Carbon is an element that is stored in fossil fuels such as coal and oil, as well as in wood and living plant life. When these fuels are burned, carbon dioxide is released into the atmosphere where it acts with other gases to form what is called “greenhouse gas.” The reality of climate change as a result of human activities is now well accepted by the scientific community, worldwide. Subtle, but progressive changes in global climate are predicted to bring about devastating consequences for human kind and the earth we share.
Carbon sequestration is the process of storing excess carbon dioxide (CO2) from the atmosphere. Once, when the planet had a much larger covering of natural forests, the excess atmospheric carbon was stored there. Therefore, an important method of sequestering and storing carbon is by planting trees, and restoring some of the earth’s forest. Carbon sequestration through reforestation projects is being carried out worldwide to the benefit of global society by combating climate challenge. They also provide additional benefits to the local communities.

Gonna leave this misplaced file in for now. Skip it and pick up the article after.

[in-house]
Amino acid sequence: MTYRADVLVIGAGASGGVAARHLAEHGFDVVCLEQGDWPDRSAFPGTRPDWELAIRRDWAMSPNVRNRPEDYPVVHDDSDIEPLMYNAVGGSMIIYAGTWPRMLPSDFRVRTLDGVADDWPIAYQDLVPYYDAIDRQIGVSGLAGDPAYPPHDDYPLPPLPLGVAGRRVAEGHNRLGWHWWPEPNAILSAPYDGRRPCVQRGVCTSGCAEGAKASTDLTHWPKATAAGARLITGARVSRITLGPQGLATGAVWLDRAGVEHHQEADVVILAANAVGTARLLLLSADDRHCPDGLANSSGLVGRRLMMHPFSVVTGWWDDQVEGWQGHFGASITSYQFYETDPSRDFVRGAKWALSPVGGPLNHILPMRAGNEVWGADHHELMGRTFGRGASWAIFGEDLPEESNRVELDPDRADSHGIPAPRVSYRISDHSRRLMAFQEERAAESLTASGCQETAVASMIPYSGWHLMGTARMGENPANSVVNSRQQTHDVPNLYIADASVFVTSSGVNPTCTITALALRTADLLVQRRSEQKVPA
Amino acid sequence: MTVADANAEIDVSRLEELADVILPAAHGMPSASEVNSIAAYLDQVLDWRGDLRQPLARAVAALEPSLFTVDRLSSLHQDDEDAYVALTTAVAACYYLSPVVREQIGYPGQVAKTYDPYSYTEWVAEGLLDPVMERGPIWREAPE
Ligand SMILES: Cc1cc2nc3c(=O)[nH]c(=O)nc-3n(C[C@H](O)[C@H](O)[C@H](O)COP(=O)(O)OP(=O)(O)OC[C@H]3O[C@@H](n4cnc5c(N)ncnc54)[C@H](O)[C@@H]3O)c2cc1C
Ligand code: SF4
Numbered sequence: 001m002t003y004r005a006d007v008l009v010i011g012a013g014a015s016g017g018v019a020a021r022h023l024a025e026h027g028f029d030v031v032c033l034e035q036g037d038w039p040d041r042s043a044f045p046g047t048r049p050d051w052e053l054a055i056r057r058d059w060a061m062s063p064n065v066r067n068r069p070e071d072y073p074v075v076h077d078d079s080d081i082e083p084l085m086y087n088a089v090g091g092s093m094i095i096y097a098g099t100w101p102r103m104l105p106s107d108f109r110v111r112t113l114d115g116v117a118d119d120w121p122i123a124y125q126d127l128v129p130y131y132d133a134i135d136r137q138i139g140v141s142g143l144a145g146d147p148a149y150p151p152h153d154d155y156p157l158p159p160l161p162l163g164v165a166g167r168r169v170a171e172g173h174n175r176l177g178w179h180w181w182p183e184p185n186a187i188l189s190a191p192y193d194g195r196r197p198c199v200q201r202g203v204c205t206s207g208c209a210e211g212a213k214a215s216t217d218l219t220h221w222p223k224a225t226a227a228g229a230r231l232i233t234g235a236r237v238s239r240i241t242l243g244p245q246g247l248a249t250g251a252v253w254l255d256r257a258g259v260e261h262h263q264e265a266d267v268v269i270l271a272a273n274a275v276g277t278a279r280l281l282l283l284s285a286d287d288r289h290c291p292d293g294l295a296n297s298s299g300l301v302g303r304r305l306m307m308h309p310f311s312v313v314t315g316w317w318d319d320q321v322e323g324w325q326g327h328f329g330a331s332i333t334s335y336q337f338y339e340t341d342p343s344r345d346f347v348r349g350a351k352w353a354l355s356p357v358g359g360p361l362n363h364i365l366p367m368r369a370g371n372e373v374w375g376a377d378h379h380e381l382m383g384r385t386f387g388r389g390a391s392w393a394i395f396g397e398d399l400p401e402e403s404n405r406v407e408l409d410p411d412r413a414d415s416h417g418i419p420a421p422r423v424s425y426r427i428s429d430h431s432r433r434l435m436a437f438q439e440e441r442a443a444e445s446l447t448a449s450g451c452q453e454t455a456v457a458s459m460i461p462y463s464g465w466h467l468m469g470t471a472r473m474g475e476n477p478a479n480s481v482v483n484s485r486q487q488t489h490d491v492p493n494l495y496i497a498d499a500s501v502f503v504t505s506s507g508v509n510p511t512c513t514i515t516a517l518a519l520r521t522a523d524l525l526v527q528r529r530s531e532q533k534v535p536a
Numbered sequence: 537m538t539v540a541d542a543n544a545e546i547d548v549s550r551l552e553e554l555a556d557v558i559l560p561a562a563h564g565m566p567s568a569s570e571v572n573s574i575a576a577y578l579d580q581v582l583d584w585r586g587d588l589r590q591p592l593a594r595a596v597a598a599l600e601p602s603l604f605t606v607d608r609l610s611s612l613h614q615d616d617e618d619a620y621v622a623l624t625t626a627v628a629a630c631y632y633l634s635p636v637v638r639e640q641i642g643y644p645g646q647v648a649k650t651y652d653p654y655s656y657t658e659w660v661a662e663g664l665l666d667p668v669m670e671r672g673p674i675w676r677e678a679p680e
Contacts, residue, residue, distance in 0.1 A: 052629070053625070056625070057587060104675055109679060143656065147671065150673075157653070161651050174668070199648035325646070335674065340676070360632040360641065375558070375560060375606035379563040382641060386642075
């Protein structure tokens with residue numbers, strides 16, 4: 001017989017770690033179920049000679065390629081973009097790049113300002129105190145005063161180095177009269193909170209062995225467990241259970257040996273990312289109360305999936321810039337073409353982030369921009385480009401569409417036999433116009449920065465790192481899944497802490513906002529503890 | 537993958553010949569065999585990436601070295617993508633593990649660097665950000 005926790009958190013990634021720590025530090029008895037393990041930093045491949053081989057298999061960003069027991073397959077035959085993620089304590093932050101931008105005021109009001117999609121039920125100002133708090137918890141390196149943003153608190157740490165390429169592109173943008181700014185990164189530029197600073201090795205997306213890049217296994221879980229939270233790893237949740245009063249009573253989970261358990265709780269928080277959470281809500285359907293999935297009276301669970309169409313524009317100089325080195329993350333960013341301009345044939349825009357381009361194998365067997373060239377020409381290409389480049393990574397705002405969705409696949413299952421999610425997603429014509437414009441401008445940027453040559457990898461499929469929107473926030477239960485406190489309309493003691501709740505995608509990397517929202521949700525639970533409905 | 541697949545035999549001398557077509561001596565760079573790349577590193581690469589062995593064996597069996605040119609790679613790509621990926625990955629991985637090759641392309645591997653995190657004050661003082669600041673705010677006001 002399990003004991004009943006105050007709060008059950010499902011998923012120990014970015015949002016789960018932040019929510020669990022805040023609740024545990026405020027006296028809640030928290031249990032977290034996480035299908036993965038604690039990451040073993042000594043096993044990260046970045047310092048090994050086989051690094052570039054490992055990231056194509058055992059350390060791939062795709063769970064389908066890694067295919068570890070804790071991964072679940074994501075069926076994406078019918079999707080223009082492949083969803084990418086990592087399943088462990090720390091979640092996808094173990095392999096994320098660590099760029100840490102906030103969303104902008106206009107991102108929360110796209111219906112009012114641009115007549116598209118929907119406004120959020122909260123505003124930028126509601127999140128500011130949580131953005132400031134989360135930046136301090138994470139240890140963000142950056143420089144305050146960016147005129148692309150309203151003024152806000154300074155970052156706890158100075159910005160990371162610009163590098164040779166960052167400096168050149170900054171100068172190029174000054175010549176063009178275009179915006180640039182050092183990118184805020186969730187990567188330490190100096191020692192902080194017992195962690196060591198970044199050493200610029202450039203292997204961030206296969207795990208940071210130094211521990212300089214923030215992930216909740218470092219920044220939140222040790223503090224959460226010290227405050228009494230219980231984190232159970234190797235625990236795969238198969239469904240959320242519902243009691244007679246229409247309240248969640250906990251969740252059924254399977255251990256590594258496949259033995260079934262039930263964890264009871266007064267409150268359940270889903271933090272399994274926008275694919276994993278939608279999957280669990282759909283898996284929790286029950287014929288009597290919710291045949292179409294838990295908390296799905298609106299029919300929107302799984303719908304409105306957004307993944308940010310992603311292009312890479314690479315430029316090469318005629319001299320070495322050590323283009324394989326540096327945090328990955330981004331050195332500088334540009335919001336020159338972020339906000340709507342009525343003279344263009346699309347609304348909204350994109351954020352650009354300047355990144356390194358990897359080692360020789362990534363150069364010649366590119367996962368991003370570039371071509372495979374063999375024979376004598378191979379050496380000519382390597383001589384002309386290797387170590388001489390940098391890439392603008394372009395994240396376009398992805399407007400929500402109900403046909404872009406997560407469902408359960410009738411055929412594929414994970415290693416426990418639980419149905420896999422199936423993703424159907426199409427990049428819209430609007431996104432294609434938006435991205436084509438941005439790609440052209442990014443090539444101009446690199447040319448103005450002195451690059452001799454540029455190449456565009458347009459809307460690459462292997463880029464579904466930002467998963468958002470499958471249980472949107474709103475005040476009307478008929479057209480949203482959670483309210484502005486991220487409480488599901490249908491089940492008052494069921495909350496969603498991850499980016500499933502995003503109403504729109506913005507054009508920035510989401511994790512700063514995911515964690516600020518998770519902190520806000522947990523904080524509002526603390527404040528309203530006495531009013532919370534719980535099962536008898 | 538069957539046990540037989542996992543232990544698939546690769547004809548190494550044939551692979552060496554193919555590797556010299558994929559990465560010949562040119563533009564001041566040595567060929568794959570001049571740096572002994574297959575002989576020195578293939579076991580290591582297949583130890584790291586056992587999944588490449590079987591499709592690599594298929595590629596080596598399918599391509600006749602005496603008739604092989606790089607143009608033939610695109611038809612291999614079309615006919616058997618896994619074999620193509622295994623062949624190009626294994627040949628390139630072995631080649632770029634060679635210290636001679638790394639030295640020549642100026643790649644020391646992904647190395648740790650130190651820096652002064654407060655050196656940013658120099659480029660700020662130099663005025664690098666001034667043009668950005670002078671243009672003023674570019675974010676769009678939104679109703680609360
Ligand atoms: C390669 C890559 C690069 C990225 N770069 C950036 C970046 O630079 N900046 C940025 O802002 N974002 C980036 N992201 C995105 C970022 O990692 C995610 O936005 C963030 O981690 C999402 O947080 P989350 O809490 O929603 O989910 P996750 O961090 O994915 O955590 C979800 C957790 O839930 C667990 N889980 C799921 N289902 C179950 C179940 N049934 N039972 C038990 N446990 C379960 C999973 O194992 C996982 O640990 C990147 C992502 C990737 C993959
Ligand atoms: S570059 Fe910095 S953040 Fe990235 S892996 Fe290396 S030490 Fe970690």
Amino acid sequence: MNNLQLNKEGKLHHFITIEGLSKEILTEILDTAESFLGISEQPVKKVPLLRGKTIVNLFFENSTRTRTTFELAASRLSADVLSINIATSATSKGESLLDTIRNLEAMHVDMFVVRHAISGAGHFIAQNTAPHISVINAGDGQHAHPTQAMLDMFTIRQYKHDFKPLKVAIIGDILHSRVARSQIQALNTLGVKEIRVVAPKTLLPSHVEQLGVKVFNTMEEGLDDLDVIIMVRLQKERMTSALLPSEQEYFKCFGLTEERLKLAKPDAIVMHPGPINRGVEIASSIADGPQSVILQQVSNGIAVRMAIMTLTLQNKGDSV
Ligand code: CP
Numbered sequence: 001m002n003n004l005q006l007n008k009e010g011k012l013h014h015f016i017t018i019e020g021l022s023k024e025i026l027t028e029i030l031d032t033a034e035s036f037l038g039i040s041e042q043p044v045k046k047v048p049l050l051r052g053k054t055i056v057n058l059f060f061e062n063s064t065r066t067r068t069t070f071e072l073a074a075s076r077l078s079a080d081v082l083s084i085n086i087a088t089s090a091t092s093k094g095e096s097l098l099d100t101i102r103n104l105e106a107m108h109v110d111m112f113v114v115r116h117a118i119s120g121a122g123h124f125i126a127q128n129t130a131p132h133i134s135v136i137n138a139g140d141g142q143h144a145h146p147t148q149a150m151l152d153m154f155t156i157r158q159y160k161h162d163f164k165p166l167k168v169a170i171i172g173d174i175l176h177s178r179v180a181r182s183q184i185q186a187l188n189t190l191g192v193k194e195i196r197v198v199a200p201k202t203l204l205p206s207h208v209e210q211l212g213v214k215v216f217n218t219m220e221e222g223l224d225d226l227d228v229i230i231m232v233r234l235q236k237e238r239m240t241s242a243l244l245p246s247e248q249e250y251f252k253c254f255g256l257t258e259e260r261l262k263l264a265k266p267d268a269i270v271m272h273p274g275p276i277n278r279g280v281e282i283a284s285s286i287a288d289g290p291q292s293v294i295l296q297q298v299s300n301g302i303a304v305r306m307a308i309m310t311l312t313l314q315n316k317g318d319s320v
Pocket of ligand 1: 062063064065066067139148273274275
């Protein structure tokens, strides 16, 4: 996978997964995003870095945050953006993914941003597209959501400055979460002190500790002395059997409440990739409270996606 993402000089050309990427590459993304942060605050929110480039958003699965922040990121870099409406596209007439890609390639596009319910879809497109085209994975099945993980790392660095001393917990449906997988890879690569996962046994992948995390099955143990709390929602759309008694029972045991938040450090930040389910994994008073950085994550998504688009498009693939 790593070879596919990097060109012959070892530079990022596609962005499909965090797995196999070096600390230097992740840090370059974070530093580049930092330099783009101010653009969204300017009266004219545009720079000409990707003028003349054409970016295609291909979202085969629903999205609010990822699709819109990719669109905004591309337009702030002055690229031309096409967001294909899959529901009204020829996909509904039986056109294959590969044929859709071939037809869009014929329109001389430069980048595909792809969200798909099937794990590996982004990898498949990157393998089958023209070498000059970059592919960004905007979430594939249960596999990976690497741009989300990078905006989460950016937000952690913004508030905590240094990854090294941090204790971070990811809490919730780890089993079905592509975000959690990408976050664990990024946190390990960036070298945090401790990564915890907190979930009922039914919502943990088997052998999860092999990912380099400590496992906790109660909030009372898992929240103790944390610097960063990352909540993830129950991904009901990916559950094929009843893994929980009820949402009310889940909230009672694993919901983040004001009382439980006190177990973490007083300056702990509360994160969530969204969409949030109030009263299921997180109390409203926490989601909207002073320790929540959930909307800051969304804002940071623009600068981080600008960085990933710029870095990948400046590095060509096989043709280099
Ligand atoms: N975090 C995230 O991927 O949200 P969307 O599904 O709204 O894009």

Every day that we do nothing or too little, to prevent climate change imposes higher costs on our children — Kofi A. Annan
Forests for Monarchs benefits Global Climate.
- The data collected during our project evaluation in 2009 indicates that trees planted by this Project grow at a very fast rate compared to pine plantations in the U.S. and Canada.
- The average height of 9.5- to 10.5-year old trees ranged from 8.2 m to 12.0 m, with an average diameter at breast height ranging from 12.6 cm to 17.6 cm.
- The project’s trees sequester carbon at an annual rate between 4 to 10 metric tons of carbon per hectare per year. This is very fast.
- Growth rates are expected to climb through about year 20 before beginning to level off.
- The total amount of carbon sequestered, and the annual carbon sequestration rate, is affected very little by the density of trees on the sites.
Sustainable harvests for economic benefits can be carried out without reducing the carbon sequestration value of the remaining stand of trees. This is because when trees are closely spaced, they grow more slowly than trees that are given more space, which benefit from a greater share of available nutrients and moisture, and receive more sunlight.